With February marking Lunar New Year, the Korea Center decided to find out more about Yusheng, the traditional and symbolic dish associated with festivities in Singapore, Malaysia and Indonesia. Singaporean Si Hui Chew, a student at the National University of Singapore has this month helped write a short piece explaining some of the history and culture behind this meaningful cuisine.
Yusheng is a customary Lunar New Year dish, traditionally served on the 7th day of Chinese New Year, known locally in Singapore as renri. Renri means “every man’s birthday” with people becoming a year older on this day. In the past, yusheng was only eaten on renri, however these days it is normal for a family to eat yusheng numerous times throughout the New Year period and it is usually served at the start of every meal.
As the Chinese meaning of yusheng represents raw fish, salmon is the focal point of the dish and is served uncooked and cold alongside other ingredients. Arranged on a very large circular plate, an important feature of the dish, yusheng is one of the most colourful cuisines of all Chinese New Year food. It is made up of shredded carrot, green and white shredded radish, pickled ginger, crushed peanuts, pomelo, cinnamon, pepper, golden pillow crackers and is accompanied by a variety of condiments.
The present form of yusheng was developed by four master chefs from Singapore in the 1960s who were inspired by the Cantonese tradition of consuming raw fish strips during Chinese New Year. The chefs added new ingredients and entwined symbolic significance into the dish and presentation. Yusheng has become iconic in Singapore remaining unchanged for 5 decades, recently gaining popularity in Malaysia and other Chinese communities. For modern day convenience, many supermarkets have introduced ready-made yusheng kits to be brought home for consumption that strictly maintain the traditional ingredients.
At home, or even in restaurants, yusheng is not simply something you eat; behind yusheng lies a ritual that brings together family, colleagues, and friends. An important part of yusheng is the specific order that the ingredients must be added one by one, each accompanied by a different New Year wish. For example, salmon is the first to go in, with the server reciting the Chinese idiom “nian-nian-you-yu” which hopes for abundance throughout the year. The rest of the ingredients are added in order, all having their own wishes highlighting prosperity, good luck and success for the year ahead.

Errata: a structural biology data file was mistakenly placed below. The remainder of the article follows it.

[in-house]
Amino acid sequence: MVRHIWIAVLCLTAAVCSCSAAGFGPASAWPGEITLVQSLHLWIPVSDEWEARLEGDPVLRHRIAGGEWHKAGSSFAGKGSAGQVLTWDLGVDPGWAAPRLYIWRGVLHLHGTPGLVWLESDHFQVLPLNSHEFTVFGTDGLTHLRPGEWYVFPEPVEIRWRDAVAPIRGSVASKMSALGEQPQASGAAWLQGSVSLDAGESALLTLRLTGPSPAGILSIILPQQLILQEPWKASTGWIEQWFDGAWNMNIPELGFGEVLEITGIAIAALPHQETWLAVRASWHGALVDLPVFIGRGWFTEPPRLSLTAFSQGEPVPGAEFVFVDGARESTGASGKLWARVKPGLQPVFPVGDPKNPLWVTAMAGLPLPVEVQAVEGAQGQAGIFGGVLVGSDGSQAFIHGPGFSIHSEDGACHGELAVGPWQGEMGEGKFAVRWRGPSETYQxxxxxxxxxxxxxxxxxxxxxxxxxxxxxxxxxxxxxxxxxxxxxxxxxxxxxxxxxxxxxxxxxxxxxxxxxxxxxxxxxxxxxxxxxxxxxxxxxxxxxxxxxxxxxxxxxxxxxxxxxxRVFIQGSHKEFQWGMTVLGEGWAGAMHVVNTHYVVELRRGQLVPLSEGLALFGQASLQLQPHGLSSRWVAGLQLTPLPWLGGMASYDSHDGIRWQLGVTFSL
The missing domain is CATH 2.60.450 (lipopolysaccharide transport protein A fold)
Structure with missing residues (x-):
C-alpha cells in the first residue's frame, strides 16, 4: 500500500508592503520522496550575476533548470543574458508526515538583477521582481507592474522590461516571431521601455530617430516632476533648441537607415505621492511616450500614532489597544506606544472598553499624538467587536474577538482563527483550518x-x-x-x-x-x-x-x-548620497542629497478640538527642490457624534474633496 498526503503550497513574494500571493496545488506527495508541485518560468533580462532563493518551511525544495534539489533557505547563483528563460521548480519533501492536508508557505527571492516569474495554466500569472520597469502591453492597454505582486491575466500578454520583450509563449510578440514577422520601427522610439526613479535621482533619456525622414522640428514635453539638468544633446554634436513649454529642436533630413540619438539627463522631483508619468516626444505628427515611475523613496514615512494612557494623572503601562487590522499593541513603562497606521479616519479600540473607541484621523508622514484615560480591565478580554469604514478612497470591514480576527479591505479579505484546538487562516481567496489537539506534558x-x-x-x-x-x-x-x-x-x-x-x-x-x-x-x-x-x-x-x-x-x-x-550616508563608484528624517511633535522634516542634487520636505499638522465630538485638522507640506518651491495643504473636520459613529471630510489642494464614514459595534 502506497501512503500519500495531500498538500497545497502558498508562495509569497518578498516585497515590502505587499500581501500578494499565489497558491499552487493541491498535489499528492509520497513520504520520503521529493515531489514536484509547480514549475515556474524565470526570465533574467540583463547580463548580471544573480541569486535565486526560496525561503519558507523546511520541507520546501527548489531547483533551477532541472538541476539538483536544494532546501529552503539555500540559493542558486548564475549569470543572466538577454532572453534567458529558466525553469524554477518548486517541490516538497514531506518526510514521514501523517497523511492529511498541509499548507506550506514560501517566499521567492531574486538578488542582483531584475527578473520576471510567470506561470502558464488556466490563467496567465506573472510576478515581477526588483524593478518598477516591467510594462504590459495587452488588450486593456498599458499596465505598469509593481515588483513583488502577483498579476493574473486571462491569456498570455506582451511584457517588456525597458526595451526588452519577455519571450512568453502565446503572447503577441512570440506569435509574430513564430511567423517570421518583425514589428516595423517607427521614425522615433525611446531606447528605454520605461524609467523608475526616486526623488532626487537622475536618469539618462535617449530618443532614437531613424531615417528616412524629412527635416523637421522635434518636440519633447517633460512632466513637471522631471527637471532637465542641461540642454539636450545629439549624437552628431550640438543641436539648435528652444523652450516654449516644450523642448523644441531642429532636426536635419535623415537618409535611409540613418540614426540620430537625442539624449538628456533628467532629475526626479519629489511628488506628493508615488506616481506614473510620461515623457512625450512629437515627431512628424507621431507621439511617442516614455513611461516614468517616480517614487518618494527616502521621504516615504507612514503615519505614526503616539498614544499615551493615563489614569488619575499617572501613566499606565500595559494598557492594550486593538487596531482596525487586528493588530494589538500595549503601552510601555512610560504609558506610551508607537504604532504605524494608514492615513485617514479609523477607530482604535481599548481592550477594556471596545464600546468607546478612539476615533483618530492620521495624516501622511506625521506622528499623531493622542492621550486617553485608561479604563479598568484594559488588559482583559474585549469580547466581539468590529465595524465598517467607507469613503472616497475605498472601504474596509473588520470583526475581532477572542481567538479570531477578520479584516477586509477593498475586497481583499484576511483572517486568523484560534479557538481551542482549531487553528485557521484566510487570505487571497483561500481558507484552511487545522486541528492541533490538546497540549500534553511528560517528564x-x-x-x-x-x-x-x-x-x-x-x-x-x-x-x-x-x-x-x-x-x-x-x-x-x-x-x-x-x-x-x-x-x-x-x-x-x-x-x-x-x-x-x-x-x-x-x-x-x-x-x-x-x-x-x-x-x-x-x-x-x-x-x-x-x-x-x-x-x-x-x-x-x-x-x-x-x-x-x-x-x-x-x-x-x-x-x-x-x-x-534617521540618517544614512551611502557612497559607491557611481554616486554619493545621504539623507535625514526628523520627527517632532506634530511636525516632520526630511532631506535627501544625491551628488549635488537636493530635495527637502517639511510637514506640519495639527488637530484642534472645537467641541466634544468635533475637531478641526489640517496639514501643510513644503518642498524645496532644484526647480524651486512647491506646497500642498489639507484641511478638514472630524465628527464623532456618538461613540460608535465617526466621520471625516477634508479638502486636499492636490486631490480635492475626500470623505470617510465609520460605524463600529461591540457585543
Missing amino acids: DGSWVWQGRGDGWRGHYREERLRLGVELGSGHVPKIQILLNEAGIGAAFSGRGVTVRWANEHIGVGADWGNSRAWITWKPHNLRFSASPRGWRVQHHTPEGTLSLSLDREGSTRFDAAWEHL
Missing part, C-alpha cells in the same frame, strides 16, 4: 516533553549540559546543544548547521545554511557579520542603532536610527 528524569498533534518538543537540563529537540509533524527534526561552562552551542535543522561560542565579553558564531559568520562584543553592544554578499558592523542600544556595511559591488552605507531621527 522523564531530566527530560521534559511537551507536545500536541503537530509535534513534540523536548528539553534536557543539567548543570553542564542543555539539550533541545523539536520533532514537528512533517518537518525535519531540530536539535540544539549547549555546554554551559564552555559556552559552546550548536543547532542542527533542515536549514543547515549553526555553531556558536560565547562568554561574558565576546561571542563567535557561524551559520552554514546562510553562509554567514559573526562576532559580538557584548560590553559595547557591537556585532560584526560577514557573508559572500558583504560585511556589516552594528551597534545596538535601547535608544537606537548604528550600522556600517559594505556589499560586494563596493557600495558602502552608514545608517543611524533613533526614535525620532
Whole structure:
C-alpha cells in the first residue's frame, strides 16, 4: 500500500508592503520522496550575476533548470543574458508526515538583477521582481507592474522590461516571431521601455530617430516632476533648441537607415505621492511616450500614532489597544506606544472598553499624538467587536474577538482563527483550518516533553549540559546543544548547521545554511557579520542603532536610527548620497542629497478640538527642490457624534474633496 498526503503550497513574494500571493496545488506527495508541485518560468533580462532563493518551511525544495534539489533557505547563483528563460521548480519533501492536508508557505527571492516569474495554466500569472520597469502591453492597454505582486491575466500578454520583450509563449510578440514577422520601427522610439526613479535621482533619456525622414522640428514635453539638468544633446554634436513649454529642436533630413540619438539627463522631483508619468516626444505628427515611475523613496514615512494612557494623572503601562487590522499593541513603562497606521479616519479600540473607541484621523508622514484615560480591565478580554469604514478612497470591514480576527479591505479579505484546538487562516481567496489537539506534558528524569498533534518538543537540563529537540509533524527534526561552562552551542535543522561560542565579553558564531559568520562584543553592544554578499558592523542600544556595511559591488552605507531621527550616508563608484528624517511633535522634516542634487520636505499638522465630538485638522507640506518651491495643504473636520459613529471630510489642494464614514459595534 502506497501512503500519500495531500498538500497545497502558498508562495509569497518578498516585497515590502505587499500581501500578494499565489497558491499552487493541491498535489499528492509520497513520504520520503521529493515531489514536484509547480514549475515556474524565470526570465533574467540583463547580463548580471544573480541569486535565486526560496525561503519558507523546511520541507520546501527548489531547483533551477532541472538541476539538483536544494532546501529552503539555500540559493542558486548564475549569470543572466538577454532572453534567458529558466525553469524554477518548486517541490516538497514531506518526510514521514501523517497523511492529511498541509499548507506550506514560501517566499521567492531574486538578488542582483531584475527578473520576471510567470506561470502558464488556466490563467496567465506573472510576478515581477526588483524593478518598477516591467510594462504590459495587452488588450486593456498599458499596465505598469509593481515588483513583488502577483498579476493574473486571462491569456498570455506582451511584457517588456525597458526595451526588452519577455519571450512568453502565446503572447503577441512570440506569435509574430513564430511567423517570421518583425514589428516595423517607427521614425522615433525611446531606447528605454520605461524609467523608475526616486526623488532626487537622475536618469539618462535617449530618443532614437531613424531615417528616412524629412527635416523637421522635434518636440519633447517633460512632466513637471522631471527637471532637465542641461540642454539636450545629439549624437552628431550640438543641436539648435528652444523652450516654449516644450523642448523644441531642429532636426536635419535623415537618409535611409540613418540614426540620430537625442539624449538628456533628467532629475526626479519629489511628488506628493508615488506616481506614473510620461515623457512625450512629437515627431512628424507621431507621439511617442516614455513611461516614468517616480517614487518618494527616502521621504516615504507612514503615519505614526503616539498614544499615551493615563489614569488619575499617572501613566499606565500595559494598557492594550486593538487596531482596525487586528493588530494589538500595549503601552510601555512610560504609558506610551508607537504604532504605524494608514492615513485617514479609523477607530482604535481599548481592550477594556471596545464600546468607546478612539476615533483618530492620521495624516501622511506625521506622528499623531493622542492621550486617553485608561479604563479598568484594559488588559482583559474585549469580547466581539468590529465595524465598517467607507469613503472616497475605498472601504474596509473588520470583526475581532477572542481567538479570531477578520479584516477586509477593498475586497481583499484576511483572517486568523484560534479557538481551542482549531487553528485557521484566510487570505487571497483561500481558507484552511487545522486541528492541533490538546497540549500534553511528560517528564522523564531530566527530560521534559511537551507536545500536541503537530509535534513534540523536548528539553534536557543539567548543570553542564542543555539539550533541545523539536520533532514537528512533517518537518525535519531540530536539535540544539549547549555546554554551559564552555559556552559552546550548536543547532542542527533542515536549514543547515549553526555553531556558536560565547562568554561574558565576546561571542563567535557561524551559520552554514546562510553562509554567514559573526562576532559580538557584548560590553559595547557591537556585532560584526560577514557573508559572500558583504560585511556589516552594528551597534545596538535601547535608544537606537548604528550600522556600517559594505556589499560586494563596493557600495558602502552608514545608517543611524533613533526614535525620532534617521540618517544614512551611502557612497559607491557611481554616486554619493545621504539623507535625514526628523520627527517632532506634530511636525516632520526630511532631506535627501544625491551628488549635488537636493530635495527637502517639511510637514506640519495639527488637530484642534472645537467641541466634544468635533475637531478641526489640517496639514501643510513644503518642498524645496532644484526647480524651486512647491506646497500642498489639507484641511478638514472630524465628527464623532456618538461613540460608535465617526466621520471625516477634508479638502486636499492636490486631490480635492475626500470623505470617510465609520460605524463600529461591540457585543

Once all of the ingredients have been prepared, everyone seated around the table will stand up to toss the yusheng using chopsticks, a ritual called “lo hei” (meaning to rise), for the person who tosses yusheng the highest is thought to achieve rising prosperity. This is why the big plate is necessary for the tossing of yusheng as the food can go everywhere with the ritual being filled with lots of energy; you can also expect people to yell “huat ah!”, meaning prosperity. Other New Year wishes are shouted loudly during the ritual, and although lo hei can cause disruption to other diners, it is always an extremely happy occasion with everyone participating.
Since Lunar New Year is the only time of the year when we eat yusheng, eating it during any other time would undermine the meaning and atmosphere of this celebratory occasion. When eating yusheng, the dish takes on the underlying idea of a happy family reunion, a gathering of wealth with colleagues, the ushering in of good luck with friends and the increasing prosperity for all Chinese who celebrate.